Historically, when a studio is successful, its leadership attempts to capitalize on that success while continuing the trend.
Old-skool thinking, proclaim a new and ballsy generation of game developers. Entirely red ocean. We are pioneers of a new strategy. These days, rather than attempting to build on a successful model, it’s trendy to kill the studio and fire everyone. It worked for GSC Game World, where Sergey Grigorovich shuttered the place and sacked about a hundred people rather than continue development on the promising, money-printing STALKER franchise. Evidently emboldened by this, Ken Levine at Irrational Games has decided to do basically the same thing – he is “winding” Irrational Games down, letting the vast majority of its staff go, and starting something new and smaller under the Take-Two banner.
I first heard about this on NPR this morning, but their usual thumb-tongued lack of understanding when it comes to video games gave the impression that – at most – Levine wouldn’t be working on Bioshock games any more. That would be little surprise, since none of us really expected him to work on the franchise after the first. Instead, in a blog post on the studio’s site, Levine lays out a rather different plan. Irrational’s odd-but-ingenious founder never says his studio is closing its doors – it might be, but he sticks with the oblique phrase “winding down” – leaving everyone in the dark as to whether the name will continue or what. We do know that Levine sees the change as significant, representing a personal move into something else (though, again, whether or not that means he’s leaving Irrational is anyone’s guess), with about fifteen of his favorite colleagues. The other colleagues – between fifty and two hundred – are out of luck. “Select” Take-Two studios will have dibs on them, and Irrational will hold a little job fair and give them time to pack up their desks, but ultimately this is a thanks for your hard work, get the fuck out situation.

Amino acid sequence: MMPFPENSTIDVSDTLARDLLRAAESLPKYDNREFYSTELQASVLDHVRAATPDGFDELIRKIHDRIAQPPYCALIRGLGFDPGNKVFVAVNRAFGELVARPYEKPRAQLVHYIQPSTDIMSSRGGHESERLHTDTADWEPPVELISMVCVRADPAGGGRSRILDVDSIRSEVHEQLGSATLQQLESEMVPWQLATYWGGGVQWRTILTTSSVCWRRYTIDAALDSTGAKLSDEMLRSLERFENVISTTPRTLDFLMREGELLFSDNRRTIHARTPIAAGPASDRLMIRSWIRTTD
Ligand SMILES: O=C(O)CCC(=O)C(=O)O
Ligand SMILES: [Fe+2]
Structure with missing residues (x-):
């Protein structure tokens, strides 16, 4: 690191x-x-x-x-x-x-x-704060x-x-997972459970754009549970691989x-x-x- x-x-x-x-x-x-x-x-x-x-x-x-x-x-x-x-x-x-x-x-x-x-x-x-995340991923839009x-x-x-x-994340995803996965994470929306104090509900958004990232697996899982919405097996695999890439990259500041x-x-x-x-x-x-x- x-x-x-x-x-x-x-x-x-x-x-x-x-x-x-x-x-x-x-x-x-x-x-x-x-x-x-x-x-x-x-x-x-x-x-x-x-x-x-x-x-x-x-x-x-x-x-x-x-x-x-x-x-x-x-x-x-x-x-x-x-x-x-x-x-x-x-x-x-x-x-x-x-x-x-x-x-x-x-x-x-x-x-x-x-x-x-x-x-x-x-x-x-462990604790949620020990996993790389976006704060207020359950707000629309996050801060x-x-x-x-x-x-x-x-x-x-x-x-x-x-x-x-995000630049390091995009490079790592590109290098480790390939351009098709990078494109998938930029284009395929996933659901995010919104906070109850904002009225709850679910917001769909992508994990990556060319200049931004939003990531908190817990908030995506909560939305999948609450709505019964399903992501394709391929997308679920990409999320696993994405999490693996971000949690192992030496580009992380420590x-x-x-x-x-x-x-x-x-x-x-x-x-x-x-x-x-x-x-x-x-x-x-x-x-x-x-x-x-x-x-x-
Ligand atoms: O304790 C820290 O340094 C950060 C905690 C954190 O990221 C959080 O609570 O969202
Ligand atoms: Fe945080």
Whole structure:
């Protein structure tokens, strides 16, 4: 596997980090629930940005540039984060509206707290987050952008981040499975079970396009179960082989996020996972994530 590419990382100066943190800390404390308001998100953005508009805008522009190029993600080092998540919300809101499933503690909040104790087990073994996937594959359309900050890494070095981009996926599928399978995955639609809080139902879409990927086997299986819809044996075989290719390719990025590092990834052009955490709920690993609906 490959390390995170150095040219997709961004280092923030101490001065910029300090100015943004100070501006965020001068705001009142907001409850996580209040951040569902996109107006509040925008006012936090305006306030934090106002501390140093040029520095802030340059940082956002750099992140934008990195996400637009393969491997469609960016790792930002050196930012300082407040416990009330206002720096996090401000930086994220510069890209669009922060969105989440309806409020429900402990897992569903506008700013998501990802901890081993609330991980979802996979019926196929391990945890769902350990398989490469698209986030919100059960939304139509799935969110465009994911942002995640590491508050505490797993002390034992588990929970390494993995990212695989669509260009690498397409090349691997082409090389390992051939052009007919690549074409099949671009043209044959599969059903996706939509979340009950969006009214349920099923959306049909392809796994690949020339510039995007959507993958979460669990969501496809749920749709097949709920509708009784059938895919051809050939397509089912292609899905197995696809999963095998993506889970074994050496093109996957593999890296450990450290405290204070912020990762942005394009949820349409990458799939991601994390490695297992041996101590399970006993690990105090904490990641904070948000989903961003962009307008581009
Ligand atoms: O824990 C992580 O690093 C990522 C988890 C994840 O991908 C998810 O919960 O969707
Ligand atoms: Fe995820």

Even not knowing much detail on the story, I can’t help but see this as kind of a dick move. Is he shutting Irrational down, or is this just a huge layoff? If he’s shutting Irrational down… why shut Irrational down? If he’s not shutting Irrational down, why the huge layoff? Whether he’s shutting it down or not, if he simply wants to manage and work with a smaller team, why not sell Irrational, or hand it to someone, or become a silent partner, or spin it off, or quit himself and found a new developer, or do something that’s not going to result in the unemployment of over a hundred people? Aside from one man making a sweeping public statement about his own career, what could possibly be the point of doing it this way, a way in which one sweeping career statement ruins dozens of other careers that depend on it?
When you run a business you have burdens no one else has, among them the responsibility to be aware that lives are in your power and you can’t always do exactly what you want without affecting them.
Irrational Games hasn’t always had the brand impact it does today. At its earliest, it was a storage closet inside Looking Glass Studios. System Shock 2 came out of that storage closet, and despite acclaim it was never a hit. From there Irrational did a bunch of quality work that nonetheless barely kept it afloat and never really shivered any timbers – SWAT 4, Tribes Vengeance, Freedom Force. Good games, all. But not blockbusters. It wasn’t until Bioshock in 2007 that Irrational got the reputation it enjoys now, which is ironic because Irrational Games didn’t get the name credit for Bioshock. A company called 2K Boston did. That 2K Boston was Irrational games is an amusing sidenote in history; its publisher had chosen – rather transparently – to rename most of its studios 2K <WHATEVER> just weeks before Bioshock’s release, so 2K Games (a subsidiary of Take-Two) would get brand credit for the Bioshock franchise. Scant months after the game shipped, Irrational was allowed to go back to calling itself Irrational; no one had fallen for the ruse anyway.
But in the wake of Bioshock Infinite, Irrational’s foundation seemed pretty solid. Big money from the first Bioshock, BIG money from Infinite. Plus inside the industry, Irrational has long had a reputation for quietly swooping in and getting other developers out of quagmires. Sure, Bioshock Infinite was a disappointment to many. Ken Levine must know that, unless he’s more insular and self-deceived than Kim Jong Il. But that’s not terribly relevant to the business side of gaming. Despite a six year development, multiple wholesale scrap-and-reworks, and a budget rumored to have exceeded $175 million, Bioshock Infinite made money for its publisher, which is all that really matters.
So Ken Levine is “winding” down his studio because
Seventeen years is a long time to do any job, even the best one…While I’m deeply proud of what we’ve accomplished together, my passion has turned to making a different kind of game…In many ways, it will be a return to how we started: a small team making games for the core gaming audience.